More from Pew:
The view that Obama is a Muslim is more widespread among his political opponents than among his backers. Roughly a third of conservative Republicans (34%) say Obama is a Muslim, as do 30% of those who disapprove of Obama’s job performance. But even among many of his supporters and allies, less than half now say Obama is a Christian. Among Democrats, for instance, 46% say Obama is a Christian, down from 55% in March 2009.
The belief that Obama is a Muslim has increased most sharply among Republicans
(up 14 points since 2009), especially conservative Republicans (up 16 points). But the number of independents who say Obama is a Muslim has also increased significantly
(up eight points). There has been little change in the number of Democrats who say Obama is a Muslim, but fewer Democrats today say he is a Christian (down nine points since 2009).
11:34 ET: Obama answers that one of the things he admired the most about President Bush was that he was "crystal clear" that America was not at war with Islam after the attacks. He says he will do all he can "to remind the American people that we are one nation under God. And we might call that God different names, but we remain one nation."
He adds that he "relies heavily on my Christian faith."
11:33 ET: Next question from the Washington Post: Why is there still such suspicion of Islam, nine years after the September 11 attacks?
11:32 ET: Here's a little bit more context on the issue of extending the Bush tax cuts:
According to the Treasury Department the cost (in terms of revenues the government would not get) of extending all the 2001 and 2003 tax cuts for another two year would be $457 billion.
To put that number in perspective, the Congressional Budget Office currently estimates that the federal budget deficit for 2010 will be about $70 billion below last year’s total but will still exceed $1.3 trillion.
As a percentage of gross domestic product (GDP), this year’s deficit is expected to be the second-largest in the past 65 years: about 9.1 percent of GDP.
11:27 ET: Obama: "If you're asking why I haven't been able to create a greater spirit of cooperation?... That's fair. I'm as frustrated as anybody."
"When you take on tough issues ... where special interests are deeply entrenched ... you end up having a lot of big fights here in town. And it's messy. And it's frustrating." Obama says he had the option not to take on those issues (like health care and financial reform) but "that's not the kind of leadership" Americans wanted from their president.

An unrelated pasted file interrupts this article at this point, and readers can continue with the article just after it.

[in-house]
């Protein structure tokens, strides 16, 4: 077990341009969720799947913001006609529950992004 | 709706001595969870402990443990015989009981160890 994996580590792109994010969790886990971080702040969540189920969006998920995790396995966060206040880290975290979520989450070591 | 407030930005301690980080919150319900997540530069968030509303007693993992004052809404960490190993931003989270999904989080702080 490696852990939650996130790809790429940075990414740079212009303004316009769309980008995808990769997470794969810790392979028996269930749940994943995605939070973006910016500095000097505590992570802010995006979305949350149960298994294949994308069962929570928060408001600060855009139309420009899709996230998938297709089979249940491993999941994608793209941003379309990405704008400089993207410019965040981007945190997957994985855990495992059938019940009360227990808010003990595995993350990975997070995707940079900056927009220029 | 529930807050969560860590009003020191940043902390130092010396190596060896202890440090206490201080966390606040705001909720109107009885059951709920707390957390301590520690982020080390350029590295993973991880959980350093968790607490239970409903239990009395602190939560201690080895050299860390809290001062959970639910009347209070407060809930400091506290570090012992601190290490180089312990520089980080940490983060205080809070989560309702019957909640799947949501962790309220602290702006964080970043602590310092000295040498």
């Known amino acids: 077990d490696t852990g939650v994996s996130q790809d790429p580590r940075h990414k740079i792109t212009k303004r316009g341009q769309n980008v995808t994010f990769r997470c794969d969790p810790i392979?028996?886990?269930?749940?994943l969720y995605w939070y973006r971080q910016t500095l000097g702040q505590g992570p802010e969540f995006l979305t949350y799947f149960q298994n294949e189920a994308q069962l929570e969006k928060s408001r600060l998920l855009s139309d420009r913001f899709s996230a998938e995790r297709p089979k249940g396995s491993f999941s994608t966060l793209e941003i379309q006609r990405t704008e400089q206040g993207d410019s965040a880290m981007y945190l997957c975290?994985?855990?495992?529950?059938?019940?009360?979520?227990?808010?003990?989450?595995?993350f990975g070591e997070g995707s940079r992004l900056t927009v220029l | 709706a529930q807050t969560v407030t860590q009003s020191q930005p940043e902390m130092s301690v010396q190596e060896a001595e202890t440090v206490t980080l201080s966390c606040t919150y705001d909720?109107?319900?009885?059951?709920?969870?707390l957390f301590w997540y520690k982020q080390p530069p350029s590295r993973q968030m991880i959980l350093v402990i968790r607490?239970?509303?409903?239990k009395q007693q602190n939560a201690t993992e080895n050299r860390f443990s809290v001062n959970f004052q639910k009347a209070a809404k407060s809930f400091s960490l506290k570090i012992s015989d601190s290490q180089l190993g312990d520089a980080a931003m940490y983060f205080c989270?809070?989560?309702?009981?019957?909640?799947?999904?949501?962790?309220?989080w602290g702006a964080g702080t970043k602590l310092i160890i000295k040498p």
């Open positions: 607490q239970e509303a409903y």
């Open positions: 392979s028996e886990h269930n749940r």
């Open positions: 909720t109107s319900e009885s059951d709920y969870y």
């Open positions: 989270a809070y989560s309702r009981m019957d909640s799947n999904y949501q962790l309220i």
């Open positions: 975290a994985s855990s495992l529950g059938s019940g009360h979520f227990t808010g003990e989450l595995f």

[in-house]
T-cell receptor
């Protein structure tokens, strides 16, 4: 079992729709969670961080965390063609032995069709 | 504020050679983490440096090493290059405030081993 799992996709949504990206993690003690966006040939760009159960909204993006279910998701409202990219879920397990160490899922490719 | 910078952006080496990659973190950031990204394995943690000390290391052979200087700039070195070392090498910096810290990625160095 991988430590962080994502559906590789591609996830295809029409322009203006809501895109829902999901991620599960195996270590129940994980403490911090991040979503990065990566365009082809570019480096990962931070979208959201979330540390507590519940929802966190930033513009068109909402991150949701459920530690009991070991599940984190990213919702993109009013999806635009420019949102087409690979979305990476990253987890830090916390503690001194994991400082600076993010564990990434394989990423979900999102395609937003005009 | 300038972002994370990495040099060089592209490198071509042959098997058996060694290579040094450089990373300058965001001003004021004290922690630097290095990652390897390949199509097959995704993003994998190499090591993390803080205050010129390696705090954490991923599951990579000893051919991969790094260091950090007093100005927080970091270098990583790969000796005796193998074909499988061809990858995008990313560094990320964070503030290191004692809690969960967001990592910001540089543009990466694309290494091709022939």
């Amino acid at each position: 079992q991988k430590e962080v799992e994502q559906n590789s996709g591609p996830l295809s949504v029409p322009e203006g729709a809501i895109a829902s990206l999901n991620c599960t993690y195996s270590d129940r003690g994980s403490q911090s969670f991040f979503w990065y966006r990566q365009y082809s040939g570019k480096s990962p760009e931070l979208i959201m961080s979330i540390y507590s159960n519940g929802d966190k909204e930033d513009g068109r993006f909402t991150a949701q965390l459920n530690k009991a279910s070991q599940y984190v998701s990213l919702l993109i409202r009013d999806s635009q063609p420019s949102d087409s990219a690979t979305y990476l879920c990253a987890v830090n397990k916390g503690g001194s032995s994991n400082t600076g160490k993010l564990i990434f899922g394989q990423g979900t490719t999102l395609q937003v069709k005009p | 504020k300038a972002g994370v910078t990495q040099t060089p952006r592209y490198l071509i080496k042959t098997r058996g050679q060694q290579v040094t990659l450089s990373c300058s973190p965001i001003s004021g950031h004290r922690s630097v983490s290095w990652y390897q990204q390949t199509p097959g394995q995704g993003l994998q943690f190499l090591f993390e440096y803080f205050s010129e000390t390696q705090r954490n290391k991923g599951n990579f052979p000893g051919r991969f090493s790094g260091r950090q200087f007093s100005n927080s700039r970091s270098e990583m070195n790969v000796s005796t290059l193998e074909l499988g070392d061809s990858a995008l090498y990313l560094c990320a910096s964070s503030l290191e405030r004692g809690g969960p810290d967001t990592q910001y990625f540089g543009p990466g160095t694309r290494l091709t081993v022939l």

11:26 ET: Before he arrived in Washington, Obama answers, policies were "skewed toward" special interests. He names the health care and financial regulatory bills as examples as his changes to that structure.
11:25 ET: NBC's Chuck Todd: "How have you changed Washington?"
11:24 ET: Bloomberg asks about Elizabeth Warren, whose name has been floated as the head of the new Consumer Financial Protection Agency but could face a difficult Senate confirmation.
"The idea for this agency was Elizabeth Warren's," he says. He'll "have an announcement soon about how we're going to move forward."
11:23 ET: Obama declines to call additional infrastructure spending "a second stimulus."
"There is no doubt that everything we’ve been trying to do is designed to stimulate growth and additional jobs in the economy," he says, adding that he has no problem with people saying he is trying to "stimulate growth and hiring."
11:21 ET: President says that Republican and Democrats "ususally agree on infrastructure."
11:19 ET: Third question comes from CBS. Chip Reid asks why the president waited until a "super-heated" midterm election season to unveil new economic proposals.
11:18 ET: "Let's give certainty to families out there that are having a tough time."
11:17 ET: Here's a little bit of background to Obama's response to the first question that the economy hasn't fully recovered. "We're not there," he said.
Last month, the unemployment rate was 9.6 percent. There were 14.9 million people unemployed.
In February of 2009 when Obama signed the Recovery Act (stimulus) into law, the unemployment rate was 8.1 percent and there were 12.5 million unemployed.
After 18 months, the employment situation is worse.
But non-partisan Congressional Budget Office says the economy would be in even worse shape today had the stimulus not been enacted.
The CBO estimated in a recent report that the stimulus has increased the number of jobs by at least 1.4 million in the current year and has cut the unemployment rate by as much as 1.8 percentage points.